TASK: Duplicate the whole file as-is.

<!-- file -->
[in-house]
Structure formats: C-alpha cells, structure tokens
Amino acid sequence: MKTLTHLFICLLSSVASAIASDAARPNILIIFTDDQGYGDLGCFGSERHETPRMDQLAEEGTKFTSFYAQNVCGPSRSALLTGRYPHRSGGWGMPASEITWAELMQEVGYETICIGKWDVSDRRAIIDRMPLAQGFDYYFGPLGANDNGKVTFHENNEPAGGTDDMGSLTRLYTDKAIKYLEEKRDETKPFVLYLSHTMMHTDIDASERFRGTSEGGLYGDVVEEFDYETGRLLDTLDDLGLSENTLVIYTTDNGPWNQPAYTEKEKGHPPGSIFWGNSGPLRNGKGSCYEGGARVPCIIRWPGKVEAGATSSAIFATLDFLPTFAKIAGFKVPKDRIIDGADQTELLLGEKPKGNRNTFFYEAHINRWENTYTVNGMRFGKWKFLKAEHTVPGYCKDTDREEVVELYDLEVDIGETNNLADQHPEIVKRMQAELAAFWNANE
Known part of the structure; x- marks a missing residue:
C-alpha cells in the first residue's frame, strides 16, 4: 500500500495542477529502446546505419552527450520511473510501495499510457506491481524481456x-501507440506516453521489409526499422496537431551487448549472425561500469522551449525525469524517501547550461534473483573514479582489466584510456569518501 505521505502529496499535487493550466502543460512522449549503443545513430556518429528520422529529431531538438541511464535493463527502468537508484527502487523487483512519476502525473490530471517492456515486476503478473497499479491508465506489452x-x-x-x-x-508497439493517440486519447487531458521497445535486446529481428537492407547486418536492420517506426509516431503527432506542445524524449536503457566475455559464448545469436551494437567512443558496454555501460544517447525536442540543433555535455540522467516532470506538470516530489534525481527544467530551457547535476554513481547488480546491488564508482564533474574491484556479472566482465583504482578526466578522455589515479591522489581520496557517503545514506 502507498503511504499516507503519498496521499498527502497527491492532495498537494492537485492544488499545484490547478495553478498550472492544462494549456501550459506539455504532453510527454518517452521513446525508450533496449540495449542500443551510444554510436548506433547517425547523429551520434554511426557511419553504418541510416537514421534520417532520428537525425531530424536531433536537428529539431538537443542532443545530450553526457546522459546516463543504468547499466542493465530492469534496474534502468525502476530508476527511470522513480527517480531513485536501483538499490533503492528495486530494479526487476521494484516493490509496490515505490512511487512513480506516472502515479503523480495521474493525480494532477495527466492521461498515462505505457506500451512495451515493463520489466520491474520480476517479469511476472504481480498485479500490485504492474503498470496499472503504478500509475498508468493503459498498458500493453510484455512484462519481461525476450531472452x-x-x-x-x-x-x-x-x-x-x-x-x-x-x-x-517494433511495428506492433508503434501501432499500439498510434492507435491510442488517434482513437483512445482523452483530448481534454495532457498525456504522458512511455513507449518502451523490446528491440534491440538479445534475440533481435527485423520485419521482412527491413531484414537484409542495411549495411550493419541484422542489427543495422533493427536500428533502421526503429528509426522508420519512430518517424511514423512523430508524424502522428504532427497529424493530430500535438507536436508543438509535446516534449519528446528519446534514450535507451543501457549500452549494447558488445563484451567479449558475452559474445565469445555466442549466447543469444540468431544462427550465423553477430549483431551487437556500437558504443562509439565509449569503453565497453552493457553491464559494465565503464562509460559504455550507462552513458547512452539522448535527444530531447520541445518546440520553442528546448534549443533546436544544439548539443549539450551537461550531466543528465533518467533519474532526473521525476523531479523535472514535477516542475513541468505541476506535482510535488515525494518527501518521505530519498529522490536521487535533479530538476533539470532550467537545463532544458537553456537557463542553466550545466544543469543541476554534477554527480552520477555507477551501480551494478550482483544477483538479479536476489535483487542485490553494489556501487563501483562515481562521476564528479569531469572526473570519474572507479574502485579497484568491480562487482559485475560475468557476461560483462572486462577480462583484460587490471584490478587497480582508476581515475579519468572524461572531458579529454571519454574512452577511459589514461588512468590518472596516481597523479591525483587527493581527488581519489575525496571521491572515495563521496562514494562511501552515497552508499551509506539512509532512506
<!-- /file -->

[in-house]
Structure formats: C-alpha cells, structure tokens
Amino acid sequence: MKTLTHLFICLLSSVASAIASDAARPNILIIFTDDQGYGDLGCFGSERHETPRMDQLAEEGTKFTSFYAQNVCGPSRSALLTGRYPHRSGGWGMPASEITWAELMQEVGYETICIGKWDVSDRRAIIDRMPLAQGFDYYFGPLGANDNGKVTFHENNEPAGGTDDMGSLTRLYTDKAIKYLEEKRDETKPFVLYLSHTMMHTDIDASERFRGTSEGGLYGDVVEEFDYETGRLLDTLDDLGLSENTLVIYTTDNGPWNQPAYTEKEKGHPPGSIFWGNSGPLRNGKGSCYEGGARVPCIIRWPGKVEAGATSSAIFATLDFLPTFAKIAGFKVPKDRIIDGADQTELLLGEKPKGNRNTFFYEAHINRWENTYTVNGMRFGKWKFLKAEHTVPGYCKDTDREEVVELYDLEVDIGETNNLADQHPEIVKRMQAELAAFWNANE
Known part of the structure; x- marks a missing residue:
C-alpha cells in the first residue's frame, strides 16, 4: 500500500495542477529502446546505419552527450520511473510501495499510457506491481524481456x-501507440506516453521489409526499422496537431551487448549472425561500469522551449525525469524517501547550461534473483573514479582489466584510456569518501 505521505502529496499535487493550466502543460512522449549503443545513430556518429528520422529529431531538438541511464535493463527502468537508484527502487523487483512519476502525473490530471517492456515486476503478473497499479491508465506489452x-x-x-x-x-508497439493517440486519447487531458521497445535486446529481428537492407547486418536492420517506426509516431503527432506542445524524449536503457566475455559464448545469436551494437567512443558496454555501460544517447525536442540543433555535455540522467516532470506538470516530489534525481527544467530551457547535476554513481547488480546491488564508482564533474574491484556479472566482465583504482578526466578522455589515479591522489581520496557517503545514506 502507498503511504499516507503519498496521499498527502497527491492532495498537494492537485492544488499545484490547478495553478498550472492544462494549456501550459506539455504532453510527454518517452521513446525508450533496449540495449542500443551510444554510436548506433547517425547523429551520434554511426557511419553504418541510416537514421534520417532520428537525425531530424536531433536537428529539431538537443542532443545530450553526457546522459546516463543504468547499466542493465530492469534496474534502468525502476530508476527511470522513480527517480531513485536501483538499490533503492528495486530494479526487476521494484516493490509496490515505490512511487512513480506516472502515479503523480495521474493525480494532477495527466492521461498515462505505457506500451512495451515493463520489466520491474520480476517479469511476472504481480498485479500490485504492474503498470496499472503504478500509475498508468493503459498498458500493453510484455512484462519481461525476450531472452x-x-x-x-x-x-x-x-x-x-x-x-x-x-x-x-517494433511495428506492433508503434501501432499500439498510434492507435491510442488517434482513437483512445482523452483530448481534454495532457498525456504522458512511455513507449518502451523490446528491440534491440538479445534475440533481435527485423520485419521482412527491413531484414537484409542495411549495411550493419541484422542489427543495422533493427536500428533502421526503429528509426522508420519512430518517424511514423512523430508524424502522428504532427497529424493530430500535438507536436508543438509535446516534449519528446528519446534514450535507451543501457549500452549494447558488445563484451567479449558475452559474445565469445555466442549466447543469444540468431544462427550465423553477430549483431551487437556500437558504443562509439565509449569503453565497453552493457553491464559494465565503464562509460559504455550507462552513458547512452539522448535527444530531447520541445518546440520553442528546448534549443533546436544544439548539443549539450551537461550531466543528465533518467533519474532526473521525476523531479523535472514535477516542475513541468505541476506535482510535488515525494518527501518521505530519498529522490536521487535533479530538476533539470532550467537545463532544458537553456537557463542553466550545466544543469543541476554534477554527480552520477555507477551501480551494478550482483544477483538479479536476489535483487542485490553494489556501487563501483562515481562521476564528479569531469572526473570519474572507479574502485579497484568491480562487482559485475560475468557476461560483462572486462577480462583484460587490471584490478587497480582508476581515475579519468572524461572531458579529454571519454574512452577511459589514461588512468590518472596516481597523479591525483587527493581527488581519489575525496571521491572515495563521496562514494562511501552515497552508499551509506539512509532512506